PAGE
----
Exercise Intervention for Smoking Cigarette smoking is the leading cause of death and disability in the United States (U.S.), contributing to over 440,000 deaths each year. Still, over 40 million adults in the U.S. currently smoke despite well-established links to morbidity and mortality. Empirical evidence suggests that quitting smoking may be particularly difficult for smokers with certain types of psychological vulnerability. Although panic and related anxiety problems frequently co-occur with smoking, there has been very little attention applied to improving cessation outcome among this high-risk group of smokers. This neglect sits on the backdrop of a larger issue in the smoking cessation literature: a general lack of innovation in efficacious psychosocial treatments for nicotine dependence. Researchers have frequently called attention to the links across smoking and anxiety-related states, and recent evidence suggests that panic and related anxiety vulnerability factors, specifically anxiety sensitivity (AS or fear of somatic arousal), negatively impact cessation. Collectively, these findings indicate that there is clinical and theoretical merit to targeting AS among smokers to improve cessation outcome. A growing body of work, including our pilot work conducted over the past number of years, suggests that AS can be effectively treated with exercise. Accordingly, we are proposing a 4-year study to systematically assess the efficacy of exercise augmentation of standard treatment for smoking cessation among anxiety vulnerable smokers. The study comprises a randomized controlled trial comparing the short-term and long-term benefits of cognitive behavioral treatment and nicotine replacement therapy that includes an exercise intervention with the same protocol that includes a contact control intervention. Importantly, the study also will offer novel insight into the putative mechanisms of exercise efficacy. This information is directly relevant to the present smoking population, but also will be a useful theoretical guide for other exercise-substance use disorder work in the future. We will randomize a total of 150 participants with the identical protocol followed at two sites to help ensure the timely recruitment of adequate numbers of participants. This study represents a crucial and important stage in translating basic research to strategies for treating nicotine dependence. This study addresses an important public health issue by assessing an intervention that may lead to a more effective application for the treatment of at-risk smokers. The expected findings should: (1) Guide advances in the theoretical conceptualization of the mechanisms involved in anxiety-exercise-smoking relations. (2) Directly inform the development of a novel and psychosocial/behavioral and pharmacological smoking cessation intervention(s) for smokers with anxiety-related risk factors. (3) Offer a novel and integrative methodological paradigm to the study of the role of exercise in anxiety-smoking relations. The proposed research project also is an interdisciplinary endeavor, involving collaboration across disciplines: between clinical psychologists, psychiatrists, physicians, smoking cessation and mental health counselors. This collaborative interdisciplinary model has proved highly effective in our past related research;we believe it is likely to continue to be highly relevant to the success and broad-based dissemination of the proposed project.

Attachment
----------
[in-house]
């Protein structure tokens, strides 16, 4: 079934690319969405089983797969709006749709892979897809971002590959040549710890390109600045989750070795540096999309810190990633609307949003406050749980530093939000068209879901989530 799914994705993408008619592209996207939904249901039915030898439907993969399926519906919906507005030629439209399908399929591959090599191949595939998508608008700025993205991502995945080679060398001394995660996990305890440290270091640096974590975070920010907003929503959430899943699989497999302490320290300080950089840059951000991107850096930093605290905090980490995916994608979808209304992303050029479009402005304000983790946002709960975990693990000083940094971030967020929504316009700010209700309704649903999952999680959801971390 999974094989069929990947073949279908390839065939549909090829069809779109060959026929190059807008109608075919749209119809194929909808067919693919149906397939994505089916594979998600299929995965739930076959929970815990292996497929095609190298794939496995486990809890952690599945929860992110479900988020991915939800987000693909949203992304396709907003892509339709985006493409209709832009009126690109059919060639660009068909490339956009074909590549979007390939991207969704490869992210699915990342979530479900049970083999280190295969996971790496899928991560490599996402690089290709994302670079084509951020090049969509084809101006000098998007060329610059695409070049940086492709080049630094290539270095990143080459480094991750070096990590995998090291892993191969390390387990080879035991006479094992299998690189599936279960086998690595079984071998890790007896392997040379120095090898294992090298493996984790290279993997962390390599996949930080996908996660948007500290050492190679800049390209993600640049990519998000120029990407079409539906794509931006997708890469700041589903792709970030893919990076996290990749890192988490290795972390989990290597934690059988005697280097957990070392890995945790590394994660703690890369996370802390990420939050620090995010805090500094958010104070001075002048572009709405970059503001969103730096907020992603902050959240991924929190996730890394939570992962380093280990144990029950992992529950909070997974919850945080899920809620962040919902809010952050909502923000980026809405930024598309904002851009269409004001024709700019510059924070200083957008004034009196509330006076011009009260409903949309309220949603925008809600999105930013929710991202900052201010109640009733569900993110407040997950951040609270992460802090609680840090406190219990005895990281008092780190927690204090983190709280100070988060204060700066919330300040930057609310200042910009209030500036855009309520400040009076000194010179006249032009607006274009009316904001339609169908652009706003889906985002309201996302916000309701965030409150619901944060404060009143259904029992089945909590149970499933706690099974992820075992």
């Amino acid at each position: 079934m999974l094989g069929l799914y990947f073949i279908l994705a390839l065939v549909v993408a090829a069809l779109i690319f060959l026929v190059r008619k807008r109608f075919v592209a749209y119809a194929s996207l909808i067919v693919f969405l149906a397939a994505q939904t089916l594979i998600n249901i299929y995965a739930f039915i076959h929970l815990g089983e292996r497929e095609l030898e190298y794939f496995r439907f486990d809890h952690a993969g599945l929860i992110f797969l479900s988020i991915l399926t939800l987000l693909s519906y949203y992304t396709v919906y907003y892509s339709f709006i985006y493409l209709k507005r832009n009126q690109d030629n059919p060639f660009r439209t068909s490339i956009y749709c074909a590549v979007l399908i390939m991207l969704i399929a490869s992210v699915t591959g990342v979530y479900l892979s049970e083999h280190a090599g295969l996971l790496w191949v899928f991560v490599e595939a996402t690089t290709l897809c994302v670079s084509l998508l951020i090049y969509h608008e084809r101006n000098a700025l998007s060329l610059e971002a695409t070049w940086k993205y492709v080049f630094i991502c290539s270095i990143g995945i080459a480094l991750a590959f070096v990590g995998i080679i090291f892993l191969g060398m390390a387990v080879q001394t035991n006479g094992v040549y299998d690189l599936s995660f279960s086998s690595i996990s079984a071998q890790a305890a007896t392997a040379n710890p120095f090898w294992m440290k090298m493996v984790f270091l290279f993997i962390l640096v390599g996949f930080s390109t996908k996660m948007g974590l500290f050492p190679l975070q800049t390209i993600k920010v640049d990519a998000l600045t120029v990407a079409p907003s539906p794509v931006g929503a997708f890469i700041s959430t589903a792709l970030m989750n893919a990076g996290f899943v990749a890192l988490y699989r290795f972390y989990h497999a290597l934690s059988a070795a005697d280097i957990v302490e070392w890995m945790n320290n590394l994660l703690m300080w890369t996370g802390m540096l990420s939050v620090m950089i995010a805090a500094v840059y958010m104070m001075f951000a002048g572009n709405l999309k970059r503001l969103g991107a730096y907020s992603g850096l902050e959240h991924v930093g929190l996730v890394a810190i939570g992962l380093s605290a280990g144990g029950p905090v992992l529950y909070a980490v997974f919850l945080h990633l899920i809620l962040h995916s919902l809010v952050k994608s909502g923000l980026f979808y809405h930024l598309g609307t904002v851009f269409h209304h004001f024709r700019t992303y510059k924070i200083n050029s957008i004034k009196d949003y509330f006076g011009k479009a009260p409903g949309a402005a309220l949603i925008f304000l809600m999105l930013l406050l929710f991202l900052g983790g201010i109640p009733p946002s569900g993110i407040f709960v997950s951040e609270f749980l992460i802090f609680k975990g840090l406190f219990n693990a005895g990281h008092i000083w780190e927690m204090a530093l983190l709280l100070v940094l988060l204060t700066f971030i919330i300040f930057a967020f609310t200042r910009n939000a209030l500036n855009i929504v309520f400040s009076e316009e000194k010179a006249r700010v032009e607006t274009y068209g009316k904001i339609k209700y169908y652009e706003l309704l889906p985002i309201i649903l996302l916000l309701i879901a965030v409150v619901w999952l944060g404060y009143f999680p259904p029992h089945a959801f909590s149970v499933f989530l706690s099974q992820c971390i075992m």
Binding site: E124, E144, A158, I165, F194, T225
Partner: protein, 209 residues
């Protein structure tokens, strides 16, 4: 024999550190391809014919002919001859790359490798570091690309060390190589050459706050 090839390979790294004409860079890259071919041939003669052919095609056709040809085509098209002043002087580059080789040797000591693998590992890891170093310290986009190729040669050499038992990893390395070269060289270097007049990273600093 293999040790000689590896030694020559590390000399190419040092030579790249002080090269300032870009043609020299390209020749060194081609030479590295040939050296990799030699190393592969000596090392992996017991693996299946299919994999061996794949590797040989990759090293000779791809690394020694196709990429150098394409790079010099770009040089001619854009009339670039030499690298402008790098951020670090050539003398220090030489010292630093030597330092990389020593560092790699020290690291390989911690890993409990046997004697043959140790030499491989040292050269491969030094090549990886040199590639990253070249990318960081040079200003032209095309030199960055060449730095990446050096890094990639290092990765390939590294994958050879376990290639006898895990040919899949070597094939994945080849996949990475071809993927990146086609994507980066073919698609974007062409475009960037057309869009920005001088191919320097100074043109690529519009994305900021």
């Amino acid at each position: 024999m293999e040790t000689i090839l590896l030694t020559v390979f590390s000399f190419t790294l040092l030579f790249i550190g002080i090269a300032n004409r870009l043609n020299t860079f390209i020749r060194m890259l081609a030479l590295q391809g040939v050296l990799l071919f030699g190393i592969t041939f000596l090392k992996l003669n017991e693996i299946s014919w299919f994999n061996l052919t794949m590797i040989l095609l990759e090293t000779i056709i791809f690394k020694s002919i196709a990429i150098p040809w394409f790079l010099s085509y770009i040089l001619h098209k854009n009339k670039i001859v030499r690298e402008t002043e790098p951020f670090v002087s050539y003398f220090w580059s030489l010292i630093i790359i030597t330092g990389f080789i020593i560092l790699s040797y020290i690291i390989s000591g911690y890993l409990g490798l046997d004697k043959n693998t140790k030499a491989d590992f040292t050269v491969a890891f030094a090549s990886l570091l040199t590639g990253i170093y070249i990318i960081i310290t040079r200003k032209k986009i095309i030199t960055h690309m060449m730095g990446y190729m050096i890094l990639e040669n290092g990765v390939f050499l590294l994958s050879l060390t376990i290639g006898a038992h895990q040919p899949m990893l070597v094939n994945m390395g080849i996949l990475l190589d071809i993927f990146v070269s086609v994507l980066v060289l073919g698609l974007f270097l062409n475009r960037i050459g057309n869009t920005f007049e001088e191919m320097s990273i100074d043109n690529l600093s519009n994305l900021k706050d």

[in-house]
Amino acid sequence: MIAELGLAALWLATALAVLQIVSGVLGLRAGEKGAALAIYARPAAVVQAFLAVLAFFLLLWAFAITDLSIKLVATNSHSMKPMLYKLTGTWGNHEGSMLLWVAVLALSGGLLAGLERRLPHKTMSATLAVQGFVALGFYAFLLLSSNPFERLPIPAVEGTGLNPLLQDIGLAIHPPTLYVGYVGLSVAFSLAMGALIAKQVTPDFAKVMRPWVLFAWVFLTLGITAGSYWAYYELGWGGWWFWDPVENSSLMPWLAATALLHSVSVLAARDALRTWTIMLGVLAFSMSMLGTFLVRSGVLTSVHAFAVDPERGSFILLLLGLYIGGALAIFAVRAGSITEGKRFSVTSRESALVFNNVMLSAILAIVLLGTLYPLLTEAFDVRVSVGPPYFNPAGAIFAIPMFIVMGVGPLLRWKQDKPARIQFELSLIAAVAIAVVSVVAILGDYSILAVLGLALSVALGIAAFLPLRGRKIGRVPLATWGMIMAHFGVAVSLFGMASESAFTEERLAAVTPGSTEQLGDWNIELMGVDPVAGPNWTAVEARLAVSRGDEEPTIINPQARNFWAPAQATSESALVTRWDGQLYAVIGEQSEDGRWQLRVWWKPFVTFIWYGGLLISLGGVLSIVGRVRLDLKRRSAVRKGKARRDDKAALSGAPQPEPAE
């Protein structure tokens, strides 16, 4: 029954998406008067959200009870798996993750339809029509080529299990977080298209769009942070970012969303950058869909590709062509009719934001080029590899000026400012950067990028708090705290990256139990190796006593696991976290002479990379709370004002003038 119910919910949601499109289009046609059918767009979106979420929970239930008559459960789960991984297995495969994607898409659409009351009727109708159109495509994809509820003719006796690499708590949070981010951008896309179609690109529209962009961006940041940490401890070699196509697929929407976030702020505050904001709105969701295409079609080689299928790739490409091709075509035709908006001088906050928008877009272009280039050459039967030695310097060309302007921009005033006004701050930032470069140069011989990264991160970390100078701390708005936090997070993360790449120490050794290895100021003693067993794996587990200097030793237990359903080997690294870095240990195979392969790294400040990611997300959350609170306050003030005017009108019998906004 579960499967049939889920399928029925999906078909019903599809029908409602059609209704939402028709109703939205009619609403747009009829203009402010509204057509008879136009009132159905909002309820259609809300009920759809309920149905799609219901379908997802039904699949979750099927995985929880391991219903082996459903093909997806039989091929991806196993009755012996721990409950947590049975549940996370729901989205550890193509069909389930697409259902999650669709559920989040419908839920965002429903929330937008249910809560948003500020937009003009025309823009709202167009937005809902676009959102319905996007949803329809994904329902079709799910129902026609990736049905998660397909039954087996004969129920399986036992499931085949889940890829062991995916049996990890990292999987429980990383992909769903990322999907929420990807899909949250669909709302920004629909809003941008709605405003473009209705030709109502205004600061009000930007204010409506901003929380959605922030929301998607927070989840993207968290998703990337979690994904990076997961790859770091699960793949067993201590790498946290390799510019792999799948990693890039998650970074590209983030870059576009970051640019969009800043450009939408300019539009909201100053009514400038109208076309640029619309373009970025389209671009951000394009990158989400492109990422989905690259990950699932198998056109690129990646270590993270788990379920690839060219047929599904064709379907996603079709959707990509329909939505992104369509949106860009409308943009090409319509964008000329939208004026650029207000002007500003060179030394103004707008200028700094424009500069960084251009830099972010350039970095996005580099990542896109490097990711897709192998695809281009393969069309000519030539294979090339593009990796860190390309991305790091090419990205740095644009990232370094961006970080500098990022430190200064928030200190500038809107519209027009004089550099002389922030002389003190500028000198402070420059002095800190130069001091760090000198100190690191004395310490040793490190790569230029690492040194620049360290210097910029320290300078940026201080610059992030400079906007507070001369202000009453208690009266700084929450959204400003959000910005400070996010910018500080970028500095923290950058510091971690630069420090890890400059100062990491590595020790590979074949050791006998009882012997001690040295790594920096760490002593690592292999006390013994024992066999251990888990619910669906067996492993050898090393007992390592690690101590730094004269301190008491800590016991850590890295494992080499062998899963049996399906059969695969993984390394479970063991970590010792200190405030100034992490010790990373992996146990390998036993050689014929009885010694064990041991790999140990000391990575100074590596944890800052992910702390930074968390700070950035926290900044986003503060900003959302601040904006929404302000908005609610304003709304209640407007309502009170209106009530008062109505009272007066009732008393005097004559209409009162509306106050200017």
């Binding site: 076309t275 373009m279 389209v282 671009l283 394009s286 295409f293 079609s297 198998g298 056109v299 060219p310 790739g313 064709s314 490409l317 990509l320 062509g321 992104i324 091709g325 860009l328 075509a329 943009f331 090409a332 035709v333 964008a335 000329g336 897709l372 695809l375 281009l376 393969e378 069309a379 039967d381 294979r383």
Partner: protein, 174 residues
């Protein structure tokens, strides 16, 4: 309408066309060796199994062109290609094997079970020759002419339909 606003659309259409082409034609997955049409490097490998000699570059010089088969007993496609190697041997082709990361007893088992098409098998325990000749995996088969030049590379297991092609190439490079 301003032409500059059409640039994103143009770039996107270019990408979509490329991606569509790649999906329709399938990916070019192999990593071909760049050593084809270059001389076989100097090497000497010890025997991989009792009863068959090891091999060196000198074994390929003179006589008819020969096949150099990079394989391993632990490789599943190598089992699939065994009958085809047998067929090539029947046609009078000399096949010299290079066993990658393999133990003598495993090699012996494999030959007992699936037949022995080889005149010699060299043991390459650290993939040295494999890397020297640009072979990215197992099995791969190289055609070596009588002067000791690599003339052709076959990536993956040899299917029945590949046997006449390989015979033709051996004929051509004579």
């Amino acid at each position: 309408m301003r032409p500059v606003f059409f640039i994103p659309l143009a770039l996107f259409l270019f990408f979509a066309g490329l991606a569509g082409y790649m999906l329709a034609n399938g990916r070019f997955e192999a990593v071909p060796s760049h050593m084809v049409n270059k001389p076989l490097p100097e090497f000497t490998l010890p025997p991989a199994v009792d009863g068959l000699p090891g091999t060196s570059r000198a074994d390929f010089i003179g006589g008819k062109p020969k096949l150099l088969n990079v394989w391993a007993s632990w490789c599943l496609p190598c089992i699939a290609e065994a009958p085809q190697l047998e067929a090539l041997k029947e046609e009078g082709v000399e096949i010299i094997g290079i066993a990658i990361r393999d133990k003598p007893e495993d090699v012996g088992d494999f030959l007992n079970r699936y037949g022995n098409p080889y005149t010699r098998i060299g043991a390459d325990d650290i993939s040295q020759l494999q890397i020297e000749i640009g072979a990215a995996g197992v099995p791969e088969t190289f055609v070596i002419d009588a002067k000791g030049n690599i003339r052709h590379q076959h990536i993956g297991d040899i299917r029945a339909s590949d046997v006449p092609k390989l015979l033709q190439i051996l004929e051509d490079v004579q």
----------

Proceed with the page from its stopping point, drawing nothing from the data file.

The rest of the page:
Public Health Relevance

This trial should provide important information regarding the efficacy and mechanisms of an exercise-based intervention for smoking cessation. Identifying efficacious treatments for smoking cessation has considerable public health significance because cigarette smoking is the leading cause of death and disability in the United States (U.S.), contributing to over 440,000 deaths each year. Moreover, this study will guide advances in the theoretical conceptualization of the mechanisms involved in anxiety-exercise-smoking relations. )

National Institute of Health (NIH)
National Institute on Drug Abuse (NIDA)
Research Project (R01)
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Special Emphasis Panel (ZDA1-GXM-A (05))
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Grossman, Debra
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Southern Methodist University
Schools of Arts and Sciences
United States
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